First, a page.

Technology Adoption and Integration Models

Students within the mentoring program examine questions related to technology use within teaching and learning contexts. They study different technology adoption models and considered how the different models are evident in their work with in schools and with their learning partners. This page highlights some of models and frameworks students have examined. For more information check out the different resources below.

Technological Pedagogical Content Knowledge

The TPACK model (Mishra & Koehler, 2006) represents the intersections of various knowledge domains teachers use as they consider technology integration within their instructional practices. This model is very useful in helping teachers consider their instructional contexts, and how they may utilize available technologies that align with their pedagogical practices and aid in meeting their instructional objectives. District leaders and Technology Coaches will find this model useful in professional development sessions and planning sessions. Follow the links below to find out more information about TPACK.

SITE Conference Keynote Address:

TPACK Homepage:
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C-BAM and the Implementation Bridge

Another model to consider for district leaders, technology directors and coaches is the Concerns Based Adoption Model (C-BAM) developed by Hall & Hord (2012). The model is very detailed and emphasizes that adoption is a process. Leaders should consider a variety of factors that can aid or hinder the change process. A useful tool within the change process is the Implementation Bridge. The Bridge articulates existing practices and the implementation process needed in order for new practices to take hold. For more information follow the links below.

A really good video on C-BAM:
Lecture from Dr. Hall on the Change process:
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International Society for Technology in Education (ISTE) National Educational Standards for Coaches (NETS-C)

The ISTE National Educational Standards for Coaches (NETS-C) serve as a guide for technology mentors as they work with their learning partners throughout the semester. The standards emphasize the importance of collaboration, modeling, and continuous professional growth.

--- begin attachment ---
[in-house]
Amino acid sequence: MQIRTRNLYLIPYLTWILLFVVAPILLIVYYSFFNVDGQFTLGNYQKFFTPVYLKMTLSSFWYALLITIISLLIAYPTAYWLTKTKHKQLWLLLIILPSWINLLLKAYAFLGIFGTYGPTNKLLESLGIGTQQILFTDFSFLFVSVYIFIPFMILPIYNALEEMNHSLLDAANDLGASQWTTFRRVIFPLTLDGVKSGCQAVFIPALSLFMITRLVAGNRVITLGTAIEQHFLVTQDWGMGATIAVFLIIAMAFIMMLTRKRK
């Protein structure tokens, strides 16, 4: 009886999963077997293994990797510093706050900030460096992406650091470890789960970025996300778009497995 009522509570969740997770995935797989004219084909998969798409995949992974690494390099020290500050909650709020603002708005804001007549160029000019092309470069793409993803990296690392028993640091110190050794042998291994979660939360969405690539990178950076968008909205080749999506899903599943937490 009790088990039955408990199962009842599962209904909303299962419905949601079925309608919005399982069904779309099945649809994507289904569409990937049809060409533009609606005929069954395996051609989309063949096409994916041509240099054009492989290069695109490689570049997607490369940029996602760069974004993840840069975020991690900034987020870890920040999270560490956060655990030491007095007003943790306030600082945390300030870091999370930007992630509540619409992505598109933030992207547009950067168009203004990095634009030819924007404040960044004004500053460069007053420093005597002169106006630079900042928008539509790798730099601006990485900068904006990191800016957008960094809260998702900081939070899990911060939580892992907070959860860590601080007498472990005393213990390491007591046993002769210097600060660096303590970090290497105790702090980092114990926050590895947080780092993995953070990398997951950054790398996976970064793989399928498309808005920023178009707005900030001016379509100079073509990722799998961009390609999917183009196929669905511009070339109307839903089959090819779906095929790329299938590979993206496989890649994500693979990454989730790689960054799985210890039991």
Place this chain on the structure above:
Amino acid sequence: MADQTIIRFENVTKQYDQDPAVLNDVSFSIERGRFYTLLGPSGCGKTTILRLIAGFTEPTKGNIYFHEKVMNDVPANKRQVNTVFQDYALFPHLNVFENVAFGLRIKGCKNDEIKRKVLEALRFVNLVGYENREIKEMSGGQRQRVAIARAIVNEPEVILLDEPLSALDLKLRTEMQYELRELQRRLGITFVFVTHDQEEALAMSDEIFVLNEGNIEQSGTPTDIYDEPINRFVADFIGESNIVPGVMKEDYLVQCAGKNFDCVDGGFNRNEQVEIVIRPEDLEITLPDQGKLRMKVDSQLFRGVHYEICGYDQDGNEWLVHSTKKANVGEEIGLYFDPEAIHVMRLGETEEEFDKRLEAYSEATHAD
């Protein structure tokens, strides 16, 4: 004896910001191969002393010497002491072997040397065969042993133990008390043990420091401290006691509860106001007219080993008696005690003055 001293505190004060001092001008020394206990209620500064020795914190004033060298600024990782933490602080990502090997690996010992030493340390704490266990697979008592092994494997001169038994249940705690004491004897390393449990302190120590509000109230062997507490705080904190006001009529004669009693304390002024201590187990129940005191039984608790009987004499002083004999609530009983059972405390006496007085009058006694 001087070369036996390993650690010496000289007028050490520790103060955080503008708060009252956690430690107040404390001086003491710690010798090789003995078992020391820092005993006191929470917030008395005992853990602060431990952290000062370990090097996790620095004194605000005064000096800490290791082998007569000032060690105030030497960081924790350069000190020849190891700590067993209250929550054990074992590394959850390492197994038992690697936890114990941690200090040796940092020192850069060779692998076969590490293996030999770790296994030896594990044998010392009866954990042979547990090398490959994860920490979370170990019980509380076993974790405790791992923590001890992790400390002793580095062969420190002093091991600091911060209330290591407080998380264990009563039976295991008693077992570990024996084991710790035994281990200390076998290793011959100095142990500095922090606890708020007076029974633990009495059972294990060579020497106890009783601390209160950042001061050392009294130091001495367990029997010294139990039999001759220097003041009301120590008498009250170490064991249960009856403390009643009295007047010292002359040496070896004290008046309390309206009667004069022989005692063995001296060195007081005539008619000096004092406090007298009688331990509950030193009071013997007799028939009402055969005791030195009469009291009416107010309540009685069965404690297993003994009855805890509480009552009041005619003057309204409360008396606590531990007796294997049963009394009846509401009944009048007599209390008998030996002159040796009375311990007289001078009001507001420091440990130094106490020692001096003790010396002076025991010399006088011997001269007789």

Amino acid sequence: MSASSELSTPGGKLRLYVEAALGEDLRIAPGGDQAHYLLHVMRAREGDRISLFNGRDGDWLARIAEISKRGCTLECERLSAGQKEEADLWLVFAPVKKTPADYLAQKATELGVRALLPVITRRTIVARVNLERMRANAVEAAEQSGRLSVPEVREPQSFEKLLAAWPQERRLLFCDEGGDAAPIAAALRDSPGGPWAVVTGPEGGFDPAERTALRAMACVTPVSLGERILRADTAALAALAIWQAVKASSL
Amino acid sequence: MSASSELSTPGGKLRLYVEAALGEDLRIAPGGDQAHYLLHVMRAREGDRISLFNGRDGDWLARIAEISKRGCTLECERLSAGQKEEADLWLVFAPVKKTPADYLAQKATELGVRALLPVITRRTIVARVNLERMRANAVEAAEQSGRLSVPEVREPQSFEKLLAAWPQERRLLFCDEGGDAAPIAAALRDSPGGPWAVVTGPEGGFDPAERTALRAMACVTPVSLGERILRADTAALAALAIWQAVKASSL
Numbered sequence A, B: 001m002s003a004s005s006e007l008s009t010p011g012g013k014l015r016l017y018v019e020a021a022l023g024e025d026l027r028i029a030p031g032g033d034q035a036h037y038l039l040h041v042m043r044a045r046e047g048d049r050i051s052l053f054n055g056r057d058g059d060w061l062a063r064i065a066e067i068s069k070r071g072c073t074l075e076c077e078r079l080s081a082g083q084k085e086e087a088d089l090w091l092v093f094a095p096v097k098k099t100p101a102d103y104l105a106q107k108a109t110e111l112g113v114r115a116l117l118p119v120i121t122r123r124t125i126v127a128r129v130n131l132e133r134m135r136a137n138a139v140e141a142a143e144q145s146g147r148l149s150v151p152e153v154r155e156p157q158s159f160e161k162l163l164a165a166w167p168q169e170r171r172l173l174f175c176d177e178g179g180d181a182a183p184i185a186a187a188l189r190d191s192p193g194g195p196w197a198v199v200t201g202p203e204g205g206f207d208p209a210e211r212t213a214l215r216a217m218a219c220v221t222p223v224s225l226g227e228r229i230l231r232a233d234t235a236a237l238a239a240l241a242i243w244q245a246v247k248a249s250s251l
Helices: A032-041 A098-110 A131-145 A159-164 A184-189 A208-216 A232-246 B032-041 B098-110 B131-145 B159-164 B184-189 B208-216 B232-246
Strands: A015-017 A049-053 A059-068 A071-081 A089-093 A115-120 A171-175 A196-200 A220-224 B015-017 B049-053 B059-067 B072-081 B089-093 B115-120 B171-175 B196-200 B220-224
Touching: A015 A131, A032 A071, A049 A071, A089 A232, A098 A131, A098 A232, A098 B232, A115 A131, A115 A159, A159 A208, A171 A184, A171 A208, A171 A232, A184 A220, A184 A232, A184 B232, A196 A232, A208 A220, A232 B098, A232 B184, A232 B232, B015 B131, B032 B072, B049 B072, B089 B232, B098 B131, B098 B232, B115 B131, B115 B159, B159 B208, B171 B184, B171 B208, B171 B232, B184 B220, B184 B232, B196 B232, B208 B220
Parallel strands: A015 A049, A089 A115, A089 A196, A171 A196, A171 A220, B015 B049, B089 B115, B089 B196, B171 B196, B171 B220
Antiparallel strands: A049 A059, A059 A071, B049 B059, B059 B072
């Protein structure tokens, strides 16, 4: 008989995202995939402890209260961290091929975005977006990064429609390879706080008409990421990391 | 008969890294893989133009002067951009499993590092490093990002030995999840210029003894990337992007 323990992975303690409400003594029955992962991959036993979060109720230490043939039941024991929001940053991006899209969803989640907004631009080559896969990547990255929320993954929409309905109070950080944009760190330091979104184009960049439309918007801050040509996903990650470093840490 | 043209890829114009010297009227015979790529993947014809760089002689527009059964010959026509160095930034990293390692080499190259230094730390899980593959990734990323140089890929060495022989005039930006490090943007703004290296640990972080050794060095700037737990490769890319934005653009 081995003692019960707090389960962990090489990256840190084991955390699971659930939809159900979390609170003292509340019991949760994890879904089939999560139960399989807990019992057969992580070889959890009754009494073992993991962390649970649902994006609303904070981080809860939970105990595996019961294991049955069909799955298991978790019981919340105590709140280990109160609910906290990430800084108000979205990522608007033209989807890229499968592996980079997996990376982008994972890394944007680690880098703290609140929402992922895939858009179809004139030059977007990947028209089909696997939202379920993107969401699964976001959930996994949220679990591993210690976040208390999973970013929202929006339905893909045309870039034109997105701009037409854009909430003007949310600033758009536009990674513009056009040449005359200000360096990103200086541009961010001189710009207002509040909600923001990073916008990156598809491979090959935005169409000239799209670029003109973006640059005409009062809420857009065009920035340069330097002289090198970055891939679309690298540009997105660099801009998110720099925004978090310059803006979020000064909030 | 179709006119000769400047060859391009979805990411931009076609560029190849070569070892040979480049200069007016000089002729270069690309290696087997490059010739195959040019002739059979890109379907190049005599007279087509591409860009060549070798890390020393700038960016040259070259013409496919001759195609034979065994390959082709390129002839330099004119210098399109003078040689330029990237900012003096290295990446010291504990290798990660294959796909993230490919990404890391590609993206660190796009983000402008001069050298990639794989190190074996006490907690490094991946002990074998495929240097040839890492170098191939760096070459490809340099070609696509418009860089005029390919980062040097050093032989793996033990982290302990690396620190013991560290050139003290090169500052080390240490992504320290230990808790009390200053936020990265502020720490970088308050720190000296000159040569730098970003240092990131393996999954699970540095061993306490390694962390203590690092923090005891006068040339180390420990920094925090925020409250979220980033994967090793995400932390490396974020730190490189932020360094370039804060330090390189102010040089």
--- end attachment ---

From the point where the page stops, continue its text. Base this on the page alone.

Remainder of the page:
To find out more about the technology standards for coaches, follow the link below.



The SAMR model (Puentedura, 2006) can help teachers, technology coaches, and school leaders identify how they may be using technology within their teaching and learning contexts and how current use may be transformed as teachers move up the SAMR ladder. Districts have used SAMR, as well as the Apple Classrooms of Tomorrow (ACOT) stages of technology adoption, to assist teachers in considering where they are in the adoption of technology and to help teachers redefine their instructional practices as technology is used to create more constructivist and student centered learning environments. Follow the links below to find out more about the SAMR model.

Dr. Puentedura's Weblog:

Kathy Schrock's Guide to Everything:
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Diffusion of Innovations Theory

Diffusion of Innovations Theory was developed by Dr. Everett Rogers and can help district leaders and teachers understand the process by which innovations are adopted. The theory helps explain how, why, and at what rate a new innovation (ideas or technology) might spread through cultures. Key elements to the theory are the innovations, the adopters, communication channels, time, and the social system that my influence the potential adopter. To find out more about Diffusion of Innovation Theory check out the resources below.

Dr. Rogers Discussing the theory:
YouTube Video on the Theory:
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Broffenbrennor Ecological Systems Theory for student learning

The ecological systems theory is most frequently used to describe the various systems that impact a child's development. This provides a powerful explanation of all the different factors that can influence student learning. When examining technology adoption in schools and by teachers, the ecological systems theory is useful in helping to understand the influences that impact the rationale for implementing technology adoption initiatives. Understanding not only the teachers level of technology knowledge, but the larger context that may be influencing teachers', school, or district decisions about technology adoption is vital in a successful adoption process.

The following videos provide additional information on this theory.
Video one:
Video Two: